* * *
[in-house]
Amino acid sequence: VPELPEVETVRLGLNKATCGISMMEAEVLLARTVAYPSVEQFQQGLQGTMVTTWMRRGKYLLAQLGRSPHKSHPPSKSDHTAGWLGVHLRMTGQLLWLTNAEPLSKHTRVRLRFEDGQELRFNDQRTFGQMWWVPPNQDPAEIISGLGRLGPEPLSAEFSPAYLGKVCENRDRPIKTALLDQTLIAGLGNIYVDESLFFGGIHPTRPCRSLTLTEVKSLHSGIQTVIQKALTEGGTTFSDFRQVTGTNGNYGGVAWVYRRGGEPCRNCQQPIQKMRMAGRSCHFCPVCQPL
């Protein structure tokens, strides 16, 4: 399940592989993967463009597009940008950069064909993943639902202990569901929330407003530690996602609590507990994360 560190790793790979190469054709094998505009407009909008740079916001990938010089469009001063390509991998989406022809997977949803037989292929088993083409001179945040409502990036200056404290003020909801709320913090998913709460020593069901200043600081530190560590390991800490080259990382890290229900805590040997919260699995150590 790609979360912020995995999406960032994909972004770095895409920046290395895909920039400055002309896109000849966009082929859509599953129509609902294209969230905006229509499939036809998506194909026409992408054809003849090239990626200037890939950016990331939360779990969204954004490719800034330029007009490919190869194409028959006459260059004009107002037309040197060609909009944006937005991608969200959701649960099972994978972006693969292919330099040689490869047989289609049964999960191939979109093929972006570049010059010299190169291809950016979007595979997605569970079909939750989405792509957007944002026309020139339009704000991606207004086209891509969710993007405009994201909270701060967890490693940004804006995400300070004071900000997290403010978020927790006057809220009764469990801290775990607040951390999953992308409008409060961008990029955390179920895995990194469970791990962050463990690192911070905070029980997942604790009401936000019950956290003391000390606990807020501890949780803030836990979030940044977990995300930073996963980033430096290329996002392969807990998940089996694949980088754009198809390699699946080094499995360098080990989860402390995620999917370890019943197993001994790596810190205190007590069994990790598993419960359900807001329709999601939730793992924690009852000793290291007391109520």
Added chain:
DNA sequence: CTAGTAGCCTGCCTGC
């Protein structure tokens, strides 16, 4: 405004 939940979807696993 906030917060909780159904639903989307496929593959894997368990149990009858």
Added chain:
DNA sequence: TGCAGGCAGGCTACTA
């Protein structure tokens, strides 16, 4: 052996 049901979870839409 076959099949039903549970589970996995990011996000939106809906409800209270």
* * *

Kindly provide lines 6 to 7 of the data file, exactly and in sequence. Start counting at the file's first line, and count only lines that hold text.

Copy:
């Protein structure tokens, strides 16, 4: 405004 939940979807696993 906030917060909780159904639903989307496929593959894997368990149990009858």
Added chain: